Security's Everyman

Security's Everyman

Friday, November 09, 2007

Are you ethical?

I ran across an interesting post this morning regarding ethics and information security. Most of us can remember the surveys that have come out in the last year or so that talk about how many IT and IS professionals actually act in an unethical way. I've blogged about it as well as many others. It's sad and both surprising and unsurprising at the same time. It's surprising because you expect people in positions of trust to do the right thing and unsurprising because everyone has their own idea of trust and what is right.

The Intel blog post linked above has 4 questions that pose hypothetical questions about ethics and what you would do in areas that are often considered gray. Take a look at them and be honest with your answers.

I'd also challenge you to think about other things that you do that many don't think about as possibly being unethical. What do you do on the internet that is against company policy? Do you allow yourself access to internet based resources that the rest of the company is blocked from? What does company policy say about that? If it allows it because of the nature of your job then it's one thing. It's another if you have punched a hole for yourself that isn't "approved" by policy and management.

Things such as this are what either gives us credibility or takes it away. In my last job the company DBA bought me a tee shirt that said "I read your email". (That's read as in present and future tense not past tense) It's a funny tee shirt that got me lots or laughs but it wouldn't be funny if I actually did read everyone else's email. Yet, lots of email admins and security guys do that very thing. They want to keep up on what management is talking about and the latest gossip or love affair in the office. Even though things such as that are blatant and obvious unethical acts they aren't the only ways. Ethics has to be at the core of who we are and what we do if we really want to succeed in life and in our careers.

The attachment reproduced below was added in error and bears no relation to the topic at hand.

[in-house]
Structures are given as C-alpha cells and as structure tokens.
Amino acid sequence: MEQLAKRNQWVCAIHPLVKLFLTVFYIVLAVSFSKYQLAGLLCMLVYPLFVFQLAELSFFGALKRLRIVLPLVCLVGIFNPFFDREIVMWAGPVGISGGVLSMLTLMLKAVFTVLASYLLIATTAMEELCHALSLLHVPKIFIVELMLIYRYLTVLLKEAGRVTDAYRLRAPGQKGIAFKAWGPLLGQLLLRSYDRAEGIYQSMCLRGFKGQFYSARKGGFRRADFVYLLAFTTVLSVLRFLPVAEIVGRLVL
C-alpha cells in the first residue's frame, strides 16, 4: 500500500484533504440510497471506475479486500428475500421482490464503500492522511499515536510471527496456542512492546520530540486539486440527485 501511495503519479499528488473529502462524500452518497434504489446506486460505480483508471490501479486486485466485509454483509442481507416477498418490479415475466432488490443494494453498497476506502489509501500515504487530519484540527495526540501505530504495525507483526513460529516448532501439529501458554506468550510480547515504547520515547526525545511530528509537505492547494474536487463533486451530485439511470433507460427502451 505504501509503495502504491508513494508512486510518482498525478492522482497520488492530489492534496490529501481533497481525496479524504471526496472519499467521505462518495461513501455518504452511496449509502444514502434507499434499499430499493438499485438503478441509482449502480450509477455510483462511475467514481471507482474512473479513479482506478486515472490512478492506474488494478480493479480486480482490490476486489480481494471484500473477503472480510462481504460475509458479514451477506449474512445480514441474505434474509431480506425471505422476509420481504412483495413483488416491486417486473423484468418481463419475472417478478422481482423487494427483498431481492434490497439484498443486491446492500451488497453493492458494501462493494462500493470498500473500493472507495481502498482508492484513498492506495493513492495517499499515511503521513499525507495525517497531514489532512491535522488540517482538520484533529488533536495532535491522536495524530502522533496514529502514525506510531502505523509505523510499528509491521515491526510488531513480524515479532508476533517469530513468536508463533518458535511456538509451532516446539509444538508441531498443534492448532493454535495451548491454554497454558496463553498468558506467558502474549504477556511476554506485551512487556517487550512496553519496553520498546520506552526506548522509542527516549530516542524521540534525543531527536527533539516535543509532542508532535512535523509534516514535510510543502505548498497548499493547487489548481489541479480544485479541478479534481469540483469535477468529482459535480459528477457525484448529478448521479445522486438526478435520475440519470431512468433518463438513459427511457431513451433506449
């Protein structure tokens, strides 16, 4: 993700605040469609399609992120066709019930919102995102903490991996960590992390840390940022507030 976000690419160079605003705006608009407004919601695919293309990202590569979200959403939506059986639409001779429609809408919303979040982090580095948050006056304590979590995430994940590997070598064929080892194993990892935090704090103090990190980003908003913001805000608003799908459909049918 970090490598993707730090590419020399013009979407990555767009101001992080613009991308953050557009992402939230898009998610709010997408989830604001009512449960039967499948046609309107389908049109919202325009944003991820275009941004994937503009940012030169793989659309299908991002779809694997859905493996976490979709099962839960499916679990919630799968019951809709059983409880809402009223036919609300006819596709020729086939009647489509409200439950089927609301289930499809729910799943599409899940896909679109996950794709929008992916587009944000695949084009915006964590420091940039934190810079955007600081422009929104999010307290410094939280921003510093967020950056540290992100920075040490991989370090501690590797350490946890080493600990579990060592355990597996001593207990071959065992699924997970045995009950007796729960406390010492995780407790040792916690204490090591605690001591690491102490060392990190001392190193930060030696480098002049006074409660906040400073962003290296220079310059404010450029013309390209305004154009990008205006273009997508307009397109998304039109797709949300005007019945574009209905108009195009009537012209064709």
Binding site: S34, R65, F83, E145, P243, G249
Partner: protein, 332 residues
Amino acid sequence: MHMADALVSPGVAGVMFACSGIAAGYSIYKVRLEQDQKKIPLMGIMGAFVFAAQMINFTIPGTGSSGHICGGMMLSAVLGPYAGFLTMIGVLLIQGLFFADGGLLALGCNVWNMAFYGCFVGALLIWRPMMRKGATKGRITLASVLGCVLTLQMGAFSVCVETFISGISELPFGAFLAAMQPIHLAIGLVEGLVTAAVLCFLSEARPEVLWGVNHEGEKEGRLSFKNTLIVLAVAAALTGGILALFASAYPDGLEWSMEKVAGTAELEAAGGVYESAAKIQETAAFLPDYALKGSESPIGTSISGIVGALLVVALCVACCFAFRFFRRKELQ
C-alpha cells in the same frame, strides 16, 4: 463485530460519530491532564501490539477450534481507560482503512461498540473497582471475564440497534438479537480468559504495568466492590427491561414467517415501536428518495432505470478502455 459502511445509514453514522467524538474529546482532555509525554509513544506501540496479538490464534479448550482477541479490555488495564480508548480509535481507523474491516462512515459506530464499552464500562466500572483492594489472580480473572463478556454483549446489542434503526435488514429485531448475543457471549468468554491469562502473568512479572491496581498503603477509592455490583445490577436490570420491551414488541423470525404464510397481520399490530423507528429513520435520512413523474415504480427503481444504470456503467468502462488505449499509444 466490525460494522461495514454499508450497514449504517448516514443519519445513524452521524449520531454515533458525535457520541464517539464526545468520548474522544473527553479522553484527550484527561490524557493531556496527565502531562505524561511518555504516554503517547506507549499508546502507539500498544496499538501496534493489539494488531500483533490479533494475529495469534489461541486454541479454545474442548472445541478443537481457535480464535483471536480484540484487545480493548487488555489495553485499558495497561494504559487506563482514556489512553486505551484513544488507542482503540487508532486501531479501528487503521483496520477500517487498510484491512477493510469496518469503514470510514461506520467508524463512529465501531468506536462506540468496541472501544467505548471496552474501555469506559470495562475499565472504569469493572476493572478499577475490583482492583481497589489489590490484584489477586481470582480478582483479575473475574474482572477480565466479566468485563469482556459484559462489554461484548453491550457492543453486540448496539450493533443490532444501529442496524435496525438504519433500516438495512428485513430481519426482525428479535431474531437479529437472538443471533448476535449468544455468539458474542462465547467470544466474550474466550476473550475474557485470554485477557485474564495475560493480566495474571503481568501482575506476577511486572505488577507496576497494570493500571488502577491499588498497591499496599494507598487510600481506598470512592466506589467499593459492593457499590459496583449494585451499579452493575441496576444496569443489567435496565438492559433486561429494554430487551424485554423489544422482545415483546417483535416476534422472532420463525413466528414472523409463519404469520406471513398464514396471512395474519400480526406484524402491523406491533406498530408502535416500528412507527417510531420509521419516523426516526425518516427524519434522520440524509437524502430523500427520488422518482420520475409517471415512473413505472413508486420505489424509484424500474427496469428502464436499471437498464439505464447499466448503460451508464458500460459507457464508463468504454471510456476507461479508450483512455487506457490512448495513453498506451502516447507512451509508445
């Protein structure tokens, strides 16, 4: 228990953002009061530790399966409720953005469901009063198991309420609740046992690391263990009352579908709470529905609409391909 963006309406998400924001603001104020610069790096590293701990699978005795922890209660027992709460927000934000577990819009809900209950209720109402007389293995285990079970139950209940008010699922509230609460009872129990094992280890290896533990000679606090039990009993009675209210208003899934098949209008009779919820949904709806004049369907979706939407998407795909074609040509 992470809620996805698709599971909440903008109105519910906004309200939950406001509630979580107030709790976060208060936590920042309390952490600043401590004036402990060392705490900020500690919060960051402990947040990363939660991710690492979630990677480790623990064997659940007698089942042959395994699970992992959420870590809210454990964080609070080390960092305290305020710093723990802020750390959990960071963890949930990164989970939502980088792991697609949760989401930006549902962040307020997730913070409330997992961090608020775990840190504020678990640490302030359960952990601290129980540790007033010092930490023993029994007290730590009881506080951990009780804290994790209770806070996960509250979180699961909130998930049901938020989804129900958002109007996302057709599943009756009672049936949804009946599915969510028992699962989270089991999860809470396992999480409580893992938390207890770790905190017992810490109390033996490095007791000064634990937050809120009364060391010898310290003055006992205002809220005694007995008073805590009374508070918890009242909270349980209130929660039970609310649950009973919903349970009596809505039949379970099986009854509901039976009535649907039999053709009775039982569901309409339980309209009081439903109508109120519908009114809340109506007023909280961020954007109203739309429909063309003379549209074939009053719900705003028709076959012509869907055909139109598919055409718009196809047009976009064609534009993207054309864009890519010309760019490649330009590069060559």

I'm reading a great book on that very subject right now. It's called "High Performance Ethics" by Wes Cantrell. He was the CEO of Lanier Office Products for several years and he lead Lanier in modeling High Performance Ethics in how they conducted business. I highly recommend reading it. It's also kind of cool because Wes and his wife teach the Sunday School class that we go to at Church.

1 comment:

Matthew Rosenquist said...

Great post. I fully agree, credibility is the key. It represents a kind of currency with management as well as the customers of security. It can only be earned through consistent ethical behaviors and can easily be spent with just a single indiscretion, even good-natured humor (“read your email” shirt, which I think is hilarious).

..I noticed you did not answer the questions off the referenced link. Want to give it a shot? One of your readers, Martin McKeay took a pass at the first question in his blog

Matthew Rosenquist

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